In fact, what the state did was to paint a constitutional concern for the rights of the Adivasis as terrorism. This has damaged the reputation and dignity of Fr Stan and created a wrongful state manufactured perception of ‘criminality’ around someone who espoused constitutional concerns.
Fr. Stan’s Vision for a Transformative Constitution
This has to be remedied through a speedy as well as a just and fair trial of the BK-16. Once the trial comes to a conclusion, it is hoped that the judgment itself will play some role in restoring the dignity of Fr. Stan as a citizen committed to constitutional values.
In the contemporary era, one of the gravest consequences of globalization according to Balagopal is that it has delegitimised concern for the poor. In his concern for the dispossessed, Fr Stan symbolised not only a critique of the values promoted by globalisation but also an active espousal of the constitutional value of fraternity. He stood with the Adivasis in their struggle to make the constitutional speak to their concerns of community control over ‘water, forest, and land’.
Fr. Stan’s life’s work was to ensure that the text of the Constitution addressed the concerns of the Adivasis. The Constitution which Fr. Stan espoused was not the ‘liberal’ Constitution which blandly put forward a notion of equality which ‘forbids the rich as well as the poor to sleep under bridges, to beg in the streets and to steal bread’ Rather it was a ‘transformative Constitution’ whose ‘hallmark’ was that it ‘promotes and engenders societal change.’
A transformative constitution from the Adivasi perspective requires that constitutional interpretation center both the Vth and VI Schedules of the Constitution as well as legislation such as the Panchayat Extension to Scheduled Areas Act which empowers Gram Sabhas in Adivasi areas to safeguard their ‘cultural identity and exercise control over ‘community resources.’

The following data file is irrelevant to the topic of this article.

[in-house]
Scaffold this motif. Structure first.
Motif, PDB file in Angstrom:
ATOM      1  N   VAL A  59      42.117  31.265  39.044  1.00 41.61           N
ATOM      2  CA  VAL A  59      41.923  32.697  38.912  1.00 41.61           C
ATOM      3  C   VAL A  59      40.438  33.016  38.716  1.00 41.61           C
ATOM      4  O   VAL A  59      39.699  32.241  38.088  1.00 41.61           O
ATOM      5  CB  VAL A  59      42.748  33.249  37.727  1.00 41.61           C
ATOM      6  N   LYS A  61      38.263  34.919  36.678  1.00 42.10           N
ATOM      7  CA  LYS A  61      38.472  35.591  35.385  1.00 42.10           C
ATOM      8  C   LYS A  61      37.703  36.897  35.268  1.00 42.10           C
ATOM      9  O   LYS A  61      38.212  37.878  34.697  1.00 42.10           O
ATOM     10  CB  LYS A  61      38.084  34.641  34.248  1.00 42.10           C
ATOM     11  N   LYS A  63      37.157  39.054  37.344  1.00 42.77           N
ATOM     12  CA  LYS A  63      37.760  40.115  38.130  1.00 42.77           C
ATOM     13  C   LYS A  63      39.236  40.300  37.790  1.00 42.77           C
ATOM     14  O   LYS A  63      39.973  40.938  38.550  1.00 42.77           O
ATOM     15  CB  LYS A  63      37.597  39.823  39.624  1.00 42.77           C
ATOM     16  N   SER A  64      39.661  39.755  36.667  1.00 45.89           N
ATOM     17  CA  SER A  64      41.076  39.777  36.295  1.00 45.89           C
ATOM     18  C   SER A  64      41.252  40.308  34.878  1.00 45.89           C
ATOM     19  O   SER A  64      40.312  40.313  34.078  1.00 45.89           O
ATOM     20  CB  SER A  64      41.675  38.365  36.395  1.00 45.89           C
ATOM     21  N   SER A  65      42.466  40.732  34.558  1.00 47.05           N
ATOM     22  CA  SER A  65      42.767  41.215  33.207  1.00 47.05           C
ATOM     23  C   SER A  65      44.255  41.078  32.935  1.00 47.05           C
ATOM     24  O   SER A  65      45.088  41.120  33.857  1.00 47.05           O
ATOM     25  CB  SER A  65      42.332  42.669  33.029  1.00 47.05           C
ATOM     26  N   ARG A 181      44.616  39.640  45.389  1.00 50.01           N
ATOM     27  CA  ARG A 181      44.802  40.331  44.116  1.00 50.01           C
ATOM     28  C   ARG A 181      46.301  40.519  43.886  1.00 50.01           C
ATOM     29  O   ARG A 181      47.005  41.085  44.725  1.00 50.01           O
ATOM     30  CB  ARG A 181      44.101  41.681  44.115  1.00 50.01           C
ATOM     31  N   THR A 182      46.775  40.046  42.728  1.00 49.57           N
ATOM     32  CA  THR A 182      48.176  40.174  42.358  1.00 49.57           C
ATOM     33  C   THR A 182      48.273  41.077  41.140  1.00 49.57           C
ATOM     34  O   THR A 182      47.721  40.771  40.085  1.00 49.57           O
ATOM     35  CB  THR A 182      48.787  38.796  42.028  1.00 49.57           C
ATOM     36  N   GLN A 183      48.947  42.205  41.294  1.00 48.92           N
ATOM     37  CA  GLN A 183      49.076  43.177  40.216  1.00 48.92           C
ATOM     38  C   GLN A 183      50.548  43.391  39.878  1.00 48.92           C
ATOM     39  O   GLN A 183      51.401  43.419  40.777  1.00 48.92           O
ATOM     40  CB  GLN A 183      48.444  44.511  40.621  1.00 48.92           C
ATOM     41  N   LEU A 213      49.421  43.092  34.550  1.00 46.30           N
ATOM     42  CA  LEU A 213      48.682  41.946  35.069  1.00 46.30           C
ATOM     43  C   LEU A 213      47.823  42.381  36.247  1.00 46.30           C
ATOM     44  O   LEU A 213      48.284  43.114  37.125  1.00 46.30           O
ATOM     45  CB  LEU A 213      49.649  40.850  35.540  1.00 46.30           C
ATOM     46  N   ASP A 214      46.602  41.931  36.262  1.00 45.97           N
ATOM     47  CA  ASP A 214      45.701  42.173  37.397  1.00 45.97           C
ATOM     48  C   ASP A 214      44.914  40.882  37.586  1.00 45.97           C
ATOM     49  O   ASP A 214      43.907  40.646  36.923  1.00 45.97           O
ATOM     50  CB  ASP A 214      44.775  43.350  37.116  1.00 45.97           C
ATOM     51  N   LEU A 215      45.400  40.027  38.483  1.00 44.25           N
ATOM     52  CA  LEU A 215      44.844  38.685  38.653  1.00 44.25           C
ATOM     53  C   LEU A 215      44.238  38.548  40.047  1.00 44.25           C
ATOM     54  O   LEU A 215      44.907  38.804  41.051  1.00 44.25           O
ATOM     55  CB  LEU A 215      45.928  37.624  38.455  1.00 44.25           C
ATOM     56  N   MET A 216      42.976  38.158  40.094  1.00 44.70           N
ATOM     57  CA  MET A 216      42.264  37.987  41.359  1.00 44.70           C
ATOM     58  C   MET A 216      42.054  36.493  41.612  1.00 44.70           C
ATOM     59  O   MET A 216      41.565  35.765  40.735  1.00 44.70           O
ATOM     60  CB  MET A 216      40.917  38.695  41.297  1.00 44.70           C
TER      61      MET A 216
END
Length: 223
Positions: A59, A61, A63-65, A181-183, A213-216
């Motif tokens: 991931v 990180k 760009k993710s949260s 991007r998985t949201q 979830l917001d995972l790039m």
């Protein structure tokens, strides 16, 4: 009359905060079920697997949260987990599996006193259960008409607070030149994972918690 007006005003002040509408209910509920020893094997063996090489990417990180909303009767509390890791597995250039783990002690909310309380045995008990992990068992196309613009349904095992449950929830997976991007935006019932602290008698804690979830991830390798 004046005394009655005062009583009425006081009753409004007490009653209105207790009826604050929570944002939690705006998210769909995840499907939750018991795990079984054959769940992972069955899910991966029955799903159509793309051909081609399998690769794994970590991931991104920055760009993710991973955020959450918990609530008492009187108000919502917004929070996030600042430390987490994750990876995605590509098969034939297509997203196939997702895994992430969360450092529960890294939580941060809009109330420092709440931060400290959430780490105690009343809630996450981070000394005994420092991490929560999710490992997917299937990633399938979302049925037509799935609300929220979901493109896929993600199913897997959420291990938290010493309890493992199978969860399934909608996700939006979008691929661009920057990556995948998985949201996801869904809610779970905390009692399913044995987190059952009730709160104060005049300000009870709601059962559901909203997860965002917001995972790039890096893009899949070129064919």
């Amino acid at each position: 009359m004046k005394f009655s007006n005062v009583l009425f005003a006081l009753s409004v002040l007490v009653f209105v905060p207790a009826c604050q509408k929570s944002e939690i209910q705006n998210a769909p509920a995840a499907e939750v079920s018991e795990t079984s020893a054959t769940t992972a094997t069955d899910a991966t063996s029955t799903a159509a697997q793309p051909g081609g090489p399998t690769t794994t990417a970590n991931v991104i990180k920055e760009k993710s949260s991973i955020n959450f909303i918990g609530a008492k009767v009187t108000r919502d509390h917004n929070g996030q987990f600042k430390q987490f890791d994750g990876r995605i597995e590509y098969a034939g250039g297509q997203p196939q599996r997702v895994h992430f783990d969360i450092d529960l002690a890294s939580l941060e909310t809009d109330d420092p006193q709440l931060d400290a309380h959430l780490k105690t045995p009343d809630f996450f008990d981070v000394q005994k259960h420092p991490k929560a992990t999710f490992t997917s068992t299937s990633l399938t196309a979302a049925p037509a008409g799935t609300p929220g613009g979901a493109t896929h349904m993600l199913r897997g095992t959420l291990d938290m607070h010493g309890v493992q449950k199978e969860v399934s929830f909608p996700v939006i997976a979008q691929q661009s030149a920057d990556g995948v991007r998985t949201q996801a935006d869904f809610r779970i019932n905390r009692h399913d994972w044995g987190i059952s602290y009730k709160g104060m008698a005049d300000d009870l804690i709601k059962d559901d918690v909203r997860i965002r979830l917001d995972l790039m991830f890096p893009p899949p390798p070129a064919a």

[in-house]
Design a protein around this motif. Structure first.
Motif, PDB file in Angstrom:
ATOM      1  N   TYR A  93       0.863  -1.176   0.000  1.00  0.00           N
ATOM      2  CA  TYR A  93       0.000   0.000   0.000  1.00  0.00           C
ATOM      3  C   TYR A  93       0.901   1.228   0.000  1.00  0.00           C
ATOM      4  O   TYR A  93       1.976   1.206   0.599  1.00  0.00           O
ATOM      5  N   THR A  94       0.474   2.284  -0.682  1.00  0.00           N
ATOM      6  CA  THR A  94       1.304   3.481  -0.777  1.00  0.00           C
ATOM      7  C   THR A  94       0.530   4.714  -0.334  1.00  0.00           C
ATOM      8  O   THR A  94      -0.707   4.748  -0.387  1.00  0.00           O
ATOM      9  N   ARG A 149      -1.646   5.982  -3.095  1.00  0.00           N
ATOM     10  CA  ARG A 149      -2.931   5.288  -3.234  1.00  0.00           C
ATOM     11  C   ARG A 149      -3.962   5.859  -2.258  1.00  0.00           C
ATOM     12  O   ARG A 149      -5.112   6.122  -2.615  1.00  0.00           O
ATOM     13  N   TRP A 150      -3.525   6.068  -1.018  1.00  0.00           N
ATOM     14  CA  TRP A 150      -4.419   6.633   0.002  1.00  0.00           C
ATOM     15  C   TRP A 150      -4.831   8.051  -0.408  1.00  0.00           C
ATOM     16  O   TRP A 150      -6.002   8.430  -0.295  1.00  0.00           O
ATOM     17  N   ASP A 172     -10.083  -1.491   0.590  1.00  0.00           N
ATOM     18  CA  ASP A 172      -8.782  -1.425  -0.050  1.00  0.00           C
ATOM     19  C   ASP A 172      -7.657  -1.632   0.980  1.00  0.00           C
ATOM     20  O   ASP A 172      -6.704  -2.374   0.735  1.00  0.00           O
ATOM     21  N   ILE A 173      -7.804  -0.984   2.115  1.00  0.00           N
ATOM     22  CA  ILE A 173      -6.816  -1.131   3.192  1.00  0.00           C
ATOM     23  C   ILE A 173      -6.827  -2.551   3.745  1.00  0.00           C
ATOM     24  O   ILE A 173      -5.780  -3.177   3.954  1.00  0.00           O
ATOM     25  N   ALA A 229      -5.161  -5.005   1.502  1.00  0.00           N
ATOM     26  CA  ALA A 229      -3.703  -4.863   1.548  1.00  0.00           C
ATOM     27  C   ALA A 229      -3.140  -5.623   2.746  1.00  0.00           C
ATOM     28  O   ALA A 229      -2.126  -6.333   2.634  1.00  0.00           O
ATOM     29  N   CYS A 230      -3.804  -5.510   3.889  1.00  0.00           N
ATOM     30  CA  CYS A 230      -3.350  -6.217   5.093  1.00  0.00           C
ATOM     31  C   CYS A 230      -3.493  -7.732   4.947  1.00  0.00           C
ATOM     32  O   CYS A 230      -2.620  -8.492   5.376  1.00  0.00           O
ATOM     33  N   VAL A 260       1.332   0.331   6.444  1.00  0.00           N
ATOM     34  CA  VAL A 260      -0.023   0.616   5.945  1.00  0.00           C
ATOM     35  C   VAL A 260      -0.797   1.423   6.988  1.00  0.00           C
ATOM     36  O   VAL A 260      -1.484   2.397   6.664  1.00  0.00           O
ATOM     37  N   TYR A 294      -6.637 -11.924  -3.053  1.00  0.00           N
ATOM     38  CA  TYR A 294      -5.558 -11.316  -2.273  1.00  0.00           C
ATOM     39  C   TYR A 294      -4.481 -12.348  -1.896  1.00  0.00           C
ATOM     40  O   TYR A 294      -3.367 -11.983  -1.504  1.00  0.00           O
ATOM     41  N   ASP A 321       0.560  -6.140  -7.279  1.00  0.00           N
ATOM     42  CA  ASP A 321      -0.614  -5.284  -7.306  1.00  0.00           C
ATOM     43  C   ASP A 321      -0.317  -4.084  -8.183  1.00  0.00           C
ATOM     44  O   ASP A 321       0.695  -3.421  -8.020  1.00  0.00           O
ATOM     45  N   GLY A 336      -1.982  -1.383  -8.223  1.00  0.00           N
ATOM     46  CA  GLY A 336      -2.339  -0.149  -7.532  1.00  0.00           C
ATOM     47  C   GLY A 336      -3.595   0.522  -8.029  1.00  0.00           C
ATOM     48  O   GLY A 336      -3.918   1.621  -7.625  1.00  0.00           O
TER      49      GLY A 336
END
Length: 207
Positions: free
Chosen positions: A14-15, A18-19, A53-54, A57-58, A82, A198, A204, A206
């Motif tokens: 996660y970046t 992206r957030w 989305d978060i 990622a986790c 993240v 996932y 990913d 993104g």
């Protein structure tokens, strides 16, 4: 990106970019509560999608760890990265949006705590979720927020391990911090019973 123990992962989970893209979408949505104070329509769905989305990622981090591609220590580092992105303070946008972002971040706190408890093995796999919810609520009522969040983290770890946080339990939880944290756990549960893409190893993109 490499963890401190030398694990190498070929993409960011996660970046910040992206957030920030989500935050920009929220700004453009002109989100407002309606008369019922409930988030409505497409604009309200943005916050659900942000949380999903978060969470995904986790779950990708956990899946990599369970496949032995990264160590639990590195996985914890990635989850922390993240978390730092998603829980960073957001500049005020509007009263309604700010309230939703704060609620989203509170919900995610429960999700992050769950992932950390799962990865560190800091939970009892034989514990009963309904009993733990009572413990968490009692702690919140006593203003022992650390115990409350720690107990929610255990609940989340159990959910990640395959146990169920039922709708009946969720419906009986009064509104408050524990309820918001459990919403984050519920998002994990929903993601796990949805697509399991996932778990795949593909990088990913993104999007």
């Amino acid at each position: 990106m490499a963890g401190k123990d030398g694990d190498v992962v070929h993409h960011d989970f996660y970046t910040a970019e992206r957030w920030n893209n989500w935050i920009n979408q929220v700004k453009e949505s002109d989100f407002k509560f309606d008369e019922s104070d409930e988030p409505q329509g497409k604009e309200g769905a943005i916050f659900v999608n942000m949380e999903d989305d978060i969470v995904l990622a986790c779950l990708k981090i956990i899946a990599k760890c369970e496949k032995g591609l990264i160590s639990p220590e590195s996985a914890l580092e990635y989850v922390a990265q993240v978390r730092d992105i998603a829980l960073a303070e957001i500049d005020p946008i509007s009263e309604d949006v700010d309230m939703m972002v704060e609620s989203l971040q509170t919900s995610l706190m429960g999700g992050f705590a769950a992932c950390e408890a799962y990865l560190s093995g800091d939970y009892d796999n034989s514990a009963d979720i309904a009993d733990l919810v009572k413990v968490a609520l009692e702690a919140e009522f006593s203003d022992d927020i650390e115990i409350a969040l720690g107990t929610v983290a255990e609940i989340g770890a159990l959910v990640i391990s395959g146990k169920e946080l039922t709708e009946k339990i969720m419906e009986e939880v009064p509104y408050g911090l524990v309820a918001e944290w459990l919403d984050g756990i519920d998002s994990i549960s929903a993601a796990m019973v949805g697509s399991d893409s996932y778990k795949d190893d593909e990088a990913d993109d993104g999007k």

The Supreme Court in Samatha v State of Andhra Pradesh embodied such a transformative approach:
‘Thus, the Fifth and Sixth Schedules [are] an integral scheme of the Constitution with direction, philosophy, and anxiety is to protect the tribals from exploitation and to preserve valuable endowment of their land for their economic empowerment to elongate social and economic democracy with liberty, equality, fraternity and dignity of their person in our political Bharat.’
It is precisely this transformative approach to the Constitution that should be taken forward as an apt homage to Fr. Stan’s vision which was fundamentally about guaranteeing Adivasis their collective rights over water, land, and forest. One of the issues he was most involved in before his arrest was the public interest litigation he had filed on behalf of the thousands of Adivasis who had suffered unjust imprisonment. That litigation should be taken to its logical conclusion.
Memorizing his life should be about making his commitments, wider social and political concerns. A shared and public culture has to be built which foregrounds the struggle of the Adivasis for the fulfillment of the Constitution’s promise to them.
Out of this public memory built out of innumerable public events, protests, books, films, changes in school and college syllabi must emerge actions that take forward the concerns which animated Fr. Stan. That would be a step in the direction of justice for Fr. Stan.
 Joseph Shine v Union of India , Opinion of Chandrachud J.